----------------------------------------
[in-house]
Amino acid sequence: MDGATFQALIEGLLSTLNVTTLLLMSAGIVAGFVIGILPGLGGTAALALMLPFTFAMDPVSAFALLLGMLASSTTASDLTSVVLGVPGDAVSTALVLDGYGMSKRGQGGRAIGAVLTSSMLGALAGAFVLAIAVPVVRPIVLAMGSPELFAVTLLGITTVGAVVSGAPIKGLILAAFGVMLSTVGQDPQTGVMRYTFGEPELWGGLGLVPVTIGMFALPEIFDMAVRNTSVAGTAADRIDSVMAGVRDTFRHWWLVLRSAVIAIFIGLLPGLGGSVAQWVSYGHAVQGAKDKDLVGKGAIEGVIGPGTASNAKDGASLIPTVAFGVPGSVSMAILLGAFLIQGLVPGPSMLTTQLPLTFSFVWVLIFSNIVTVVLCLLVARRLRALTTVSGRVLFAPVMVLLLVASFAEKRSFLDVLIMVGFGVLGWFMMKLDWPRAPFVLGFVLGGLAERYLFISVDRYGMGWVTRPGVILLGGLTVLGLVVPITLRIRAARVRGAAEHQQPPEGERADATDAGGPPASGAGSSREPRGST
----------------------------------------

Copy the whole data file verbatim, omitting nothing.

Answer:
[in-house]
Amino acid sequence: MDGATFQALIEGLLSTLNVTTLLLMSAGIVAGFVIGILPGLGGTAALALMLPFTFAMDPVSAFALLLGMLASSTTASDLTSVVLGVPGDAVSTALVLDGYGMSKRGQGGRAIGAVLTSSMLGALAGAFVLAIAVPVVRPIVLAMGSPELFAVTLLGITTVGAVVSGAPIKGLILAAFGVMLSTVGQDPQTGVMRYTFGEPELWGGLGLVPVTIGMFALPEIFDMAVRNTSVAGTAADRIDSVMAGVRDTFRHWWLVLRSAVIAIFIGLLPGLGGSVAQWVSYGHAVQGAKDKDLVGKGAIEGVIGPGTASNAKDGASLIPTVAFGVPGSVSMAILLGAFLIQGLVPGPSMLTTQLPLTFSFVWVLIFSNIVTVVLCLLVARRLRALTTVSGRVLFAPVMVLLLVASFAEKRSFLDVLIMVGFGVLGWFMMKLDWPRAPFVLGFVLGGLAERYLFISVDRYGMGWVTRPGVILLGGLTVLGLVVPITLRIRAARVRGAAEHQQPPEGERADATDAGGPPASGAGSSREPRGST